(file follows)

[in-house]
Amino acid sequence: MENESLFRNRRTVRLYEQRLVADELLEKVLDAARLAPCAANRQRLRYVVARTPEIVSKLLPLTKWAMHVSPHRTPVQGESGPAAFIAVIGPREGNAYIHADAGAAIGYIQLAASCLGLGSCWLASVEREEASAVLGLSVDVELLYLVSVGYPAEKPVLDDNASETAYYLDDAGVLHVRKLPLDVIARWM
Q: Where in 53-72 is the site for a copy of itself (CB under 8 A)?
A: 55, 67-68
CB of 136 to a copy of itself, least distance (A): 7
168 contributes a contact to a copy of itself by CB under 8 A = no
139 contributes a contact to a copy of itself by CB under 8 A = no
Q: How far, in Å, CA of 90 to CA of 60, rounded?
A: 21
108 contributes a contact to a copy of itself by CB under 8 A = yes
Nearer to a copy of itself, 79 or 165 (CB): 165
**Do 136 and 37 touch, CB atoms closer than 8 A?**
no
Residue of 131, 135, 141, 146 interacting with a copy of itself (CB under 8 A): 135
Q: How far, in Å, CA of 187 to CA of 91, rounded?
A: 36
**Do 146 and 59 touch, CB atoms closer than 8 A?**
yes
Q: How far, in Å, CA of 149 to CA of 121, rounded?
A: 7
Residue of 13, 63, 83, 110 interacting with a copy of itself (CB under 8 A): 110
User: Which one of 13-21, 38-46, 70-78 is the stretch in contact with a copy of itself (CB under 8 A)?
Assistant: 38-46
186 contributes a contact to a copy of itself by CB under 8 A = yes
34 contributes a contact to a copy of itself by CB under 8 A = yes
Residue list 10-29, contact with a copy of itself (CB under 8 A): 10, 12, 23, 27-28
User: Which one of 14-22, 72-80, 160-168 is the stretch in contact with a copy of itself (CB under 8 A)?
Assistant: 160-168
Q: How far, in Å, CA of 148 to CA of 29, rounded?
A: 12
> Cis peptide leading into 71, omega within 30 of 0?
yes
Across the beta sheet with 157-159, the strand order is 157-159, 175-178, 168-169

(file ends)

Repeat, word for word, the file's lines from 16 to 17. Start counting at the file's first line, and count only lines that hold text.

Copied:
A: 36
**Do 146 and 59 touch, CB atoms closer than 8 A?**